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The State of Pediatric and Adolescent Gynaecology in Canada: In-Training Versus In-Practice PAG Education in Canada

  • Tania Dumont
    Affiliations
    Department of Obstetrics and Gynecology, University of Ottawa, Ottawa, ON

    Department of Obstetrics, Gynecology, and Newborn Care, The Ottawa Hospital, Ottawa, ON

    Department of Surgery, Division of Pediatric and Adolescent Gynecology, CHEO, Ottawa, ON

    The Ottawa Hospital Research Institute, Ottawa, ON

    CHEO Research Institute, Ottawa, ON
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  • Nathalie Fleming
    Affiliations
    Department of Obstetrics and Gynecology, University of Ottawa, Ottawa, ON

    Department of Obstetrics, Gynecology, and Newborn Care, The Ottawa Hospital, Ottawa, ON

    Department of Surgery, Division of Pediatric and Adolescent Gynecology, CHEO, Ottawa, ON

    The Ottawa Hospital Research Institute, Ottawa, ON

    CHEO Research Institute, Ottawa, ON
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  • Sukhbir S. Singh
    Affiliations
    Department of Obstetrics and Gynecology, University of Ottawa, Ottawa, ON

    Department of Obstetrics, Gynecology, and Newborn Care, The Ottawa Hospital, Ottawa, ON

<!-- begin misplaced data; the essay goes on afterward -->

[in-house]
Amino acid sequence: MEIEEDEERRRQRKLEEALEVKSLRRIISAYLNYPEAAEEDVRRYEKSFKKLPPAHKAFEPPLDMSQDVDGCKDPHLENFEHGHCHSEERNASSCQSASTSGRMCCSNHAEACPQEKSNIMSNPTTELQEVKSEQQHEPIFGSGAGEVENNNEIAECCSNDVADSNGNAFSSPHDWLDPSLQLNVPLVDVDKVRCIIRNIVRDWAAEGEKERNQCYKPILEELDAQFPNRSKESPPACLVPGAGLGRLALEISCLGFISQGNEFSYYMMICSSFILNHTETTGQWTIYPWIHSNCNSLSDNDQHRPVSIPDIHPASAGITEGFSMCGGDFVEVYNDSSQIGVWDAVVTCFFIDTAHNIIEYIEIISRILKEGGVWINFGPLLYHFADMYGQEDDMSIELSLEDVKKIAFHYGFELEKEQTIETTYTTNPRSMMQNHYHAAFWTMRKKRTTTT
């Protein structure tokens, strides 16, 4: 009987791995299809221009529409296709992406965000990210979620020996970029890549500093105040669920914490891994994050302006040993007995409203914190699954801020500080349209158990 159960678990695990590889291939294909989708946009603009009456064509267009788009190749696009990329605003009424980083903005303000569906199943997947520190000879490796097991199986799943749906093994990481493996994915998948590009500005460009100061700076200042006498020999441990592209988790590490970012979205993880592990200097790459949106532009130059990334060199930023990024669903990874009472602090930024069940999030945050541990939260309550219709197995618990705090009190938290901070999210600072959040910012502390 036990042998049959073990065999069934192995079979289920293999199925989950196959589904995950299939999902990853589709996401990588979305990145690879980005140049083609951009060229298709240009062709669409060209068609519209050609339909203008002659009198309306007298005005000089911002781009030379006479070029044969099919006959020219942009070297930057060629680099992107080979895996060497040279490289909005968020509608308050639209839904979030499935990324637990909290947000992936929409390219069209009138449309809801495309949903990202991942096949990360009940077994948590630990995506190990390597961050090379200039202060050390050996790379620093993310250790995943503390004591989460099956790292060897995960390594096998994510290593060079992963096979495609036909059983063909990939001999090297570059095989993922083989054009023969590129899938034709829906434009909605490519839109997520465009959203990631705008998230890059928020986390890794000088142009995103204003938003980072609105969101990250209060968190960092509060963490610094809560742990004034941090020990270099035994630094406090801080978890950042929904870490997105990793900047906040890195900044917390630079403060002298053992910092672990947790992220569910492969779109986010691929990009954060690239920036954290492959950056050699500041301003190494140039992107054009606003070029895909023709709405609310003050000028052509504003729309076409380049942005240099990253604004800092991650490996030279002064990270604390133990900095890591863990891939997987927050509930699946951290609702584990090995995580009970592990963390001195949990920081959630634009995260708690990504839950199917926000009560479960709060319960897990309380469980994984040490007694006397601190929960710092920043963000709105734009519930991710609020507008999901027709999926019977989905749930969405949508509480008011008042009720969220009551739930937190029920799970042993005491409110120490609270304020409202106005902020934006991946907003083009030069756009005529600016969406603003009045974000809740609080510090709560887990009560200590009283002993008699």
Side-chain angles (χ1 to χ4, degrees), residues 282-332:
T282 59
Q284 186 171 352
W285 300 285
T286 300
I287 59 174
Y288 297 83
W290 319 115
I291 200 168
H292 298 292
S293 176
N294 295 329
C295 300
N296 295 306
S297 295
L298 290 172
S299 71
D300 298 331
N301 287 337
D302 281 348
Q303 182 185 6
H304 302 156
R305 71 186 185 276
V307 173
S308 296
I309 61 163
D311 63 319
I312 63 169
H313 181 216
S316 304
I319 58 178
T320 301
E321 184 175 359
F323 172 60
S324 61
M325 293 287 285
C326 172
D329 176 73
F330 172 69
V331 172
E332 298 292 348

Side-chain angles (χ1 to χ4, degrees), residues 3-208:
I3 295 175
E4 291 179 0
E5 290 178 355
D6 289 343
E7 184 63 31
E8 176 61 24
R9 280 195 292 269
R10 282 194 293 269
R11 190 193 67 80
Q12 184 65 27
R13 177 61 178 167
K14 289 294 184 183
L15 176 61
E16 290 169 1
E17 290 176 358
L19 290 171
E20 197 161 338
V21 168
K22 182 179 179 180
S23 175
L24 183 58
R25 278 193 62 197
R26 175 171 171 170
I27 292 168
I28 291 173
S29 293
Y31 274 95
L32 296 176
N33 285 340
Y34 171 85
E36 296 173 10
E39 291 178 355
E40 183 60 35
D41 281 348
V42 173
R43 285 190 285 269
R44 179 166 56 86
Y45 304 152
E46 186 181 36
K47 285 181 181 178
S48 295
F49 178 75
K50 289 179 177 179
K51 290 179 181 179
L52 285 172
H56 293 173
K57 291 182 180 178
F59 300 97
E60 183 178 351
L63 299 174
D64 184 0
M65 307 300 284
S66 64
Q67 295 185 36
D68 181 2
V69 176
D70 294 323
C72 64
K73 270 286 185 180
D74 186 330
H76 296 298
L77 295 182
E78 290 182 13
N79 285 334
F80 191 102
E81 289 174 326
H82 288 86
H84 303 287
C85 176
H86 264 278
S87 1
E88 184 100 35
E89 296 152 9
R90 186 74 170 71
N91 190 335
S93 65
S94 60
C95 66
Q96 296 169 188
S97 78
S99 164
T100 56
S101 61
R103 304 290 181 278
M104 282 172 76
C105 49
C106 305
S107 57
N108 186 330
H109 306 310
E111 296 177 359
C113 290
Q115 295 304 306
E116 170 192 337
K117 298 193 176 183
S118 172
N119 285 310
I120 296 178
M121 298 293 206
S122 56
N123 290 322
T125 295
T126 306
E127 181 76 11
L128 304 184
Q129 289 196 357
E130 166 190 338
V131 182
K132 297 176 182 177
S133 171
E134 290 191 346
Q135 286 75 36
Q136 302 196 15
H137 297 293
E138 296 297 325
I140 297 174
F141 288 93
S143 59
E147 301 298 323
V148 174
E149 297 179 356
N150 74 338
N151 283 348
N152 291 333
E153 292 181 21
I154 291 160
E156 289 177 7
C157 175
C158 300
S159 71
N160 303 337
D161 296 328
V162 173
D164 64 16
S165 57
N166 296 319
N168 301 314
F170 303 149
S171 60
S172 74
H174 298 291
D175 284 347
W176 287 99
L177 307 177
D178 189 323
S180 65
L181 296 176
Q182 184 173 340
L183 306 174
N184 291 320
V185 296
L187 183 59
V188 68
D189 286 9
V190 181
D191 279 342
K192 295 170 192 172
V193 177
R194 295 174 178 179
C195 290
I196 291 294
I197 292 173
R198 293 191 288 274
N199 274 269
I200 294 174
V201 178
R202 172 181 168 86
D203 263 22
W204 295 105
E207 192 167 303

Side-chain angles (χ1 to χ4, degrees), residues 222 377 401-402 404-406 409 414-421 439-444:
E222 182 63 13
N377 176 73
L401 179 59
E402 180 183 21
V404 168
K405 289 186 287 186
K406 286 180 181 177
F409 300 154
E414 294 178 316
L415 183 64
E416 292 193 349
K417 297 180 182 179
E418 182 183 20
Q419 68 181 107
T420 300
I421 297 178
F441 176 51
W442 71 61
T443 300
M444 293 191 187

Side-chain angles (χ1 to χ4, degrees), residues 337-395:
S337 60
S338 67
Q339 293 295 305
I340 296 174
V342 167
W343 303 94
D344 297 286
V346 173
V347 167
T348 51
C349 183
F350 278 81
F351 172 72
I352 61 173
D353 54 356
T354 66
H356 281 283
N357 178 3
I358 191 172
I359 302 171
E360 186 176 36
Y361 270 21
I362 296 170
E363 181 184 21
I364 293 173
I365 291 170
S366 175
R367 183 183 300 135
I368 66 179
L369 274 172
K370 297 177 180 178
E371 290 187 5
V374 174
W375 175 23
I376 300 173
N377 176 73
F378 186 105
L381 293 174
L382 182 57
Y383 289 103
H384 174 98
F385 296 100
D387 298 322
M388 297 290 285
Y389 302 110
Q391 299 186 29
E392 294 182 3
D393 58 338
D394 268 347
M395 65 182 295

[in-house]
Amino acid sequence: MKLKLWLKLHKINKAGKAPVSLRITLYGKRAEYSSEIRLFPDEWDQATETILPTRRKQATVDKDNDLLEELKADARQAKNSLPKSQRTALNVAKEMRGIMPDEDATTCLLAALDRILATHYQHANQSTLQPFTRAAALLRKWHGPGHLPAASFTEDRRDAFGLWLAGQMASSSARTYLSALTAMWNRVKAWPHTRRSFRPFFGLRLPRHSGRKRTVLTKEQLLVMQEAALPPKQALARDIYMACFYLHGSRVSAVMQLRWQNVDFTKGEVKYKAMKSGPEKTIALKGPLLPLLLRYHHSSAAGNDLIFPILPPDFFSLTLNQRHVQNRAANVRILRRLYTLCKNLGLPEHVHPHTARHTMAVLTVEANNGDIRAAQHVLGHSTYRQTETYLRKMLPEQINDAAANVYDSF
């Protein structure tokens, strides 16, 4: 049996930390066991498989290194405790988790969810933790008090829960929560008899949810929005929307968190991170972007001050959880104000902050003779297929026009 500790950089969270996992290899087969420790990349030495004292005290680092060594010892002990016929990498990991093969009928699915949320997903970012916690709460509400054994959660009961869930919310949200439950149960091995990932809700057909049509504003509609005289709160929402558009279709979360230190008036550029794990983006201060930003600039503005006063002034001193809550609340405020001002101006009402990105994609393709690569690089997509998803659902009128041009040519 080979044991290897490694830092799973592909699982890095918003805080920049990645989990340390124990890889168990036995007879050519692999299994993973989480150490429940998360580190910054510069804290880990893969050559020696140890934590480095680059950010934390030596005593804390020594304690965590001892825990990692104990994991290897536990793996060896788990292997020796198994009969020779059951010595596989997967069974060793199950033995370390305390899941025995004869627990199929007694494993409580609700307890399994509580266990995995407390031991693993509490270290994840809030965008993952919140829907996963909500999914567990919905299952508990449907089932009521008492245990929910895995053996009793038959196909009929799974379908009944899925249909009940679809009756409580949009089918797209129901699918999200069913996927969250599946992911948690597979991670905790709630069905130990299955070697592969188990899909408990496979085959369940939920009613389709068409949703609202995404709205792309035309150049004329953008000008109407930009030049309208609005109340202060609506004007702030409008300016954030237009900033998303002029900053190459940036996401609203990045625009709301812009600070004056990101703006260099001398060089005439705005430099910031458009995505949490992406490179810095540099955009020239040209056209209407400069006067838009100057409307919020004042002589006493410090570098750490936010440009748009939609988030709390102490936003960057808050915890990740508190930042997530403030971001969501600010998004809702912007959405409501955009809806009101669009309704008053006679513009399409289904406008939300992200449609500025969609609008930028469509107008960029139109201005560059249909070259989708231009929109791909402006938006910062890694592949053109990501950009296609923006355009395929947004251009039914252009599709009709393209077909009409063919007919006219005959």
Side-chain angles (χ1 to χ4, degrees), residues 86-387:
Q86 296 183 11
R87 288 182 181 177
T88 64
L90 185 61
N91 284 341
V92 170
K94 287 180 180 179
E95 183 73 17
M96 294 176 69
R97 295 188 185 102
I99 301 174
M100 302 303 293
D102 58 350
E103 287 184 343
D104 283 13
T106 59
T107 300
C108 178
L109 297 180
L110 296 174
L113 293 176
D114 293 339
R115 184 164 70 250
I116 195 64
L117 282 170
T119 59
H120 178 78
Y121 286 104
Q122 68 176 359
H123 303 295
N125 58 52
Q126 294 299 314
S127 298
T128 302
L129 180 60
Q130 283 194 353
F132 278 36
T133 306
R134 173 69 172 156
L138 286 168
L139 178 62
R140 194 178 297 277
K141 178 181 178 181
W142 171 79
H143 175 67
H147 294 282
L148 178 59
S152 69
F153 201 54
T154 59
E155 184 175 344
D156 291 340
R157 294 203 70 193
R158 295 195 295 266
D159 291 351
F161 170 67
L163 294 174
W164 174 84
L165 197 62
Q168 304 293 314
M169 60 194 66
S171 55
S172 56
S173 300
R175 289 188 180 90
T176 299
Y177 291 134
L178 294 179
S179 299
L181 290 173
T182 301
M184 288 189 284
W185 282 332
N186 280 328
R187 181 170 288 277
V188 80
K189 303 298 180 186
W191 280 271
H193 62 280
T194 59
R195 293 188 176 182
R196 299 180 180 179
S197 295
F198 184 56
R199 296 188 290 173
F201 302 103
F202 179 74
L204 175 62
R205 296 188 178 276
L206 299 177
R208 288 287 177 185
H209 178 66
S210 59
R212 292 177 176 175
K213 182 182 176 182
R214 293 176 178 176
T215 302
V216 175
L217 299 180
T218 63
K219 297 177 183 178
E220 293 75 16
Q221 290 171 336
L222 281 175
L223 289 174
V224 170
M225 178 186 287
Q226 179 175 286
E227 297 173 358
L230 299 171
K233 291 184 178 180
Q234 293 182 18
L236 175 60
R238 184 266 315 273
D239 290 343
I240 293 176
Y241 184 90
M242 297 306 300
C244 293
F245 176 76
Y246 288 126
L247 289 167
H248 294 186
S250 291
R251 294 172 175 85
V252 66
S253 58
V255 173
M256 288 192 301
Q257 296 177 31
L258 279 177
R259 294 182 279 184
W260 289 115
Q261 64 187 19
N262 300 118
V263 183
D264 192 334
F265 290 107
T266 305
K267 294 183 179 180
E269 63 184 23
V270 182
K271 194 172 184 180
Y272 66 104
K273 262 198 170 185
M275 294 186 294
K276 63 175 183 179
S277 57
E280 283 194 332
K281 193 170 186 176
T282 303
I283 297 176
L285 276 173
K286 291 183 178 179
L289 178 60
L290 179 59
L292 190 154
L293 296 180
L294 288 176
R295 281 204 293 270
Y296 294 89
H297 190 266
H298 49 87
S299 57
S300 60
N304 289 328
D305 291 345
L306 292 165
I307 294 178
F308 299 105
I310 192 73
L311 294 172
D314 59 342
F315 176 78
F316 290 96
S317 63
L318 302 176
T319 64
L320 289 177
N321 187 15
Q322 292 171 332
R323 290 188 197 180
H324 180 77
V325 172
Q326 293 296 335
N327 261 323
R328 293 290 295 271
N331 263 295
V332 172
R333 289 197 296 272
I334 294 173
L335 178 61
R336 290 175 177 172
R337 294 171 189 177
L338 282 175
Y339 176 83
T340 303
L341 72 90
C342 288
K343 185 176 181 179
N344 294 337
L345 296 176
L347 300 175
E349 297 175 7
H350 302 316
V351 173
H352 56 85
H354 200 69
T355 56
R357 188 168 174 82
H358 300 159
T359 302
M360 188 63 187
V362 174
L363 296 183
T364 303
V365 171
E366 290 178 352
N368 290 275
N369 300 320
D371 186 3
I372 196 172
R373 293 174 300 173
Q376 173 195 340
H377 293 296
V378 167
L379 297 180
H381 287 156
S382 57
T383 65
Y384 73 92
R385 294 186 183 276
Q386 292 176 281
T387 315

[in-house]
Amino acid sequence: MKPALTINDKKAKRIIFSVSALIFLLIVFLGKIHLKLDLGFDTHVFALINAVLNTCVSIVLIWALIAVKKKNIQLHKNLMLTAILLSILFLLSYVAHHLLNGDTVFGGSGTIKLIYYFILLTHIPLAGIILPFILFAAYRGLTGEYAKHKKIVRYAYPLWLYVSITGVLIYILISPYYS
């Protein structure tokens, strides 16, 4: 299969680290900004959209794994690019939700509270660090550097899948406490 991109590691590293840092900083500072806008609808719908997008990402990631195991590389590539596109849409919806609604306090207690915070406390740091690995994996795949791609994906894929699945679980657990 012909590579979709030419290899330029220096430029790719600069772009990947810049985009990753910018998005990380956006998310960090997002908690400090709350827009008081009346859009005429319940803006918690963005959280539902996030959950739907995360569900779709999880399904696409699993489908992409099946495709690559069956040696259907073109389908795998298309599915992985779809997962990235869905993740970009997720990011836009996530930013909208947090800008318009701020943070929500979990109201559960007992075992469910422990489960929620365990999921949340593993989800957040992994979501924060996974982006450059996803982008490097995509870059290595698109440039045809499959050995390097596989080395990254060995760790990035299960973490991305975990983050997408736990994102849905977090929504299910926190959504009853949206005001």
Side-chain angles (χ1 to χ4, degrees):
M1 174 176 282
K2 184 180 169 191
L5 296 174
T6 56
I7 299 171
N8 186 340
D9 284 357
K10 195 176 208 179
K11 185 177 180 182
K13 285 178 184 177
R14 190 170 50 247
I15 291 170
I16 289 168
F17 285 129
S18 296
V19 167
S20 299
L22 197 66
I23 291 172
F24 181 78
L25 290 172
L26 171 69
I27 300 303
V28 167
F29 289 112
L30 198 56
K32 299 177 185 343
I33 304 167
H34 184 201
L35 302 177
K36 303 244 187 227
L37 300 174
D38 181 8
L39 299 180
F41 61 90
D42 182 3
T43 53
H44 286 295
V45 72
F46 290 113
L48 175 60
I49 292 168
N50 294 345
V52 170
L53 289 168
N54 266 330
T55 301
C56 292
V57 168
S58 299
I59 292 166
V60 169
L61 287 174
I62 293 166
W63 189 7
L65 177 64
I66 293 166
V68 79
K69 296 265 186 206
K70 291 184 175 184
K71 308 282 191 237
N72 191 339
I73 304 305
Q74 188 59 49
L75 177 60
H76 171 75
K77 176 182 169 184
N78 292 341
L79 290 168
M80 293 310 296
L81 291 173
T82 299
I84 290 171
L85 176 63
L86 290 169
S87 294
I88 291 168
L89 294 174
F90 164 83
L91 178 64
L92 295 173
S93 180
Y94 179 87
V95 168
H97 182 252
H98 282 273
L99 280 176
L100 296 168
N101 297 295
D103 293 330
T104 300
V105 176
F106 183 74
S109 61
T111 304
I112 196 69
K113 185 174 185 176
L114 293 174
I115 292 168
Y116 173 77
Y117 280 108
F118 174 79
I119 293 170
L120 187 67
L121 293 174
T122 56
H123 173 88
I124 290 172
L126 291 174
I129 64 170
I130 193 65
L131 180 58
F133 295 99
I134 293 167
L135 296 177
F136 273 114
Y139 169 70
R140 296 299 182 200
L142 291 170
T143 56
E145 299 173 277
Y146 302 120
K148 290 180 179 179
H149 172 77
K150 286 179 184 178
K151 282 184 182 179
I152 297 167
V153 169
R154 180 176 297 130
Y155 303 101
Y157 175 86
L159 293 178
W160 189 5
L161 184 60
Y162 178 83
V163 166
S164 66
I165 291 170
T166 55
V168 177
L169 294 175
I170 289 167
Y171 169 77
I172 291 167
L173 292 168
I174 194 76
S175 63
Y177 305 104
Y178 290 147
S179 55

The Ottawa Hospital Research Institute, Ottawa, ON
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  • Amanda Black
    Affiliations
    Department of Obstetrics and Gynecology, University of Ottawa, Ottawa, ON

    The Ottawa Hospital Research Institute, Ottawa, ON
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Published:March 16, 2022DOI:https://doi.org/10.1016/j.jogc.2021.12.009
      Only in the last two decades have we started to realize the importance of pediatric and adolescent gynaecology (PAG) care provided by specialists trained in this area. Obstetricians and gynaecologists (Ob/Gyns) have been caring for women for many years; however, the care of young women and children with gynaecological issues has been provided by health care providers from different specialties with no, little, or variable PAG training. The Royal College of Physicians and Surgeons of Canada (RCPSC) has Objectives of Training and one Entrustable Professional Activity for achieving competency in PAG during an Ob/Gyn residency. There is a paucity of data in Canada on who provides care to the PAG population and how these providers are trained. With this letter, our team explored the topics of care provision, health care providers’ self-perceived competence, and desire for and method of delivering PAG training to future and current Canadian Ob/Gyns. Like any budding field, time is required for clinical and educational research to catch up with that of other well-established subspecialties.
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      References

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